Native peoples probably chose this moniker carefully and with much
deeper significance. Works such as Sami Lakomäki's _Gathering
Together_ (2014), on the Shawnee from 1600 to 1870, provide an
excellent fusion of both the written and oral traditions of Blue
Jacket's people and could have contributed to a more realistic
depiction of these formidable leaders. Lakomäki further argues that
these were not just confederacies, but indigenous empires on the
make. This matters because it shows indigenous agency and use of
hybrid conceptions of Native and European frameworks to form their
own identity and very nearly vanquish US hopes for western expansion.
Infighting within these indigenous communities in the Ohio River
Valley, due to the influx of dispossessed Indians from the eastern
seaboard who now called the area home, made the area vulnerable to
any designs for a divide-and-conquer strategy.

The other curious aspect of this story is the lack of serious
consideration of the various trappers and British subjects present
around the Great Lakes region. In Hogeland's telling, the region is
devoid of others, except the British and US military forces and some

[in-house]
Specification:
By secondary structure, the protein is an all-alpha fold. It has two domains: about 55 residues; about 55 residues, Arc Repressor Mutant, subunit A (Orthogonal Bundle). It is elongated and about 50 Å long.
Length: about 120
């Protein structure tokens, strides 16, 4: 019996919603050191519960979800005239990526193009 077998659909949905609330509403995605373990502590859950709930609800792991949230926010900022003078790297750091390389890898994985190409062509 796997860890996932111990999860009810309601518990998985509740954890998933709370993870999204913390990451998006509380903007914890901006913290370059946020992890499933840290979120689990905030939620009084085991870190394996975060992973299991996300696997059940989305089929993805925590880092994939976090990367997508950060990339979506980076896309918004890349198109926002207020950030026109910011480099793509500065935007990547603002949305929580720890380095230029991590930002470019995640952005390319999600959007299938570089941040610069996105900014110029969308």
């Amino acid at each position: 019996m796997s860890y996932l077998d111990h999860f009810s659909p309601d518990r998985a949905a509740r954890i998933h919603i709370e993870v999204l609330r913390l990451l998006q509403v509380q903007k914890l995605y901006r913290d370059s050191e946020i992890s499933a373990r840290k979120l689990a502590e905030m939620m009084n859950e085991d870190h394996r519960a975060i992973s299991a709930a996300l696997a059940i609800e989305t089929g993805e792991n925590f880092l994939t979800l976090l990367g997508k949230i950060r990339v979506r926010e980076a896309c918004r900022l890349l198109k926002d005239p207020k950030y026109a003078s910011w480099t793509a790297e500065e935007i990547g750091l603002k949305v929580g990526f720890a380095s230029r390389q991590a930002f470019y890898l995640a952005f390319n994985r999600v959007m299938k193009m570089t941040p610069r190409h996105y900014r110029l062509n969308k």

unbridled American squatters intent on getting rich through
pioneering. In this instance, Patrick Griffith's _American Leviathan_
(2007) could have provided some good information about the various
frontiersmen who called the Old Northwest home. For a nuanced reading
of the economic benefits of the region, William Bergman's _The
American National State and the Early West_ (2012) could have
explained why the British were loath to give up the region, since its
fur extraction economy was so lucrative. Bergman and Griffith's
absence in the bibliography is surprising.

Hogeland's contribution is to make these stories accessible to a
popular audience. All quibbles aside, this book will have great value
for every armchair historian interested in the founding generation
and their attitudes towards the West. Where earlier works such as
Wiley Sword's _President Washington's Indian War_ (1985) presented a
more traditional military history, and Alan Gaff provided a recovery
of Anthony Wayne as a military genius, Hogeland offers another
interpretation: the destiny of the United States was built on the
greed of its founders to secure more land and needed a full-time
military force to protect their claims. In the end, it should provoke
more discussion of the founders' visions for the American West.
Hopefully, this book will spark renewed interest in the Battle of
Fallen Timbers and its far-reaching consequences.

Citation: Ryan W. Booth. Review of Hogeland, William, _Autumn of the
Black Snake: The Creation of the U.S. Army and the Invasion that
Opened the West_. H-War, H-Net Reviews. February, 2018.
URL: https://www.h-net.org/reviews/showrev.php?id=50820

This work is licensed under a Creative Commons
Attribution-Noncommercial-No Derivative Works 3.0 United States


Best regards,

Andrew Stewart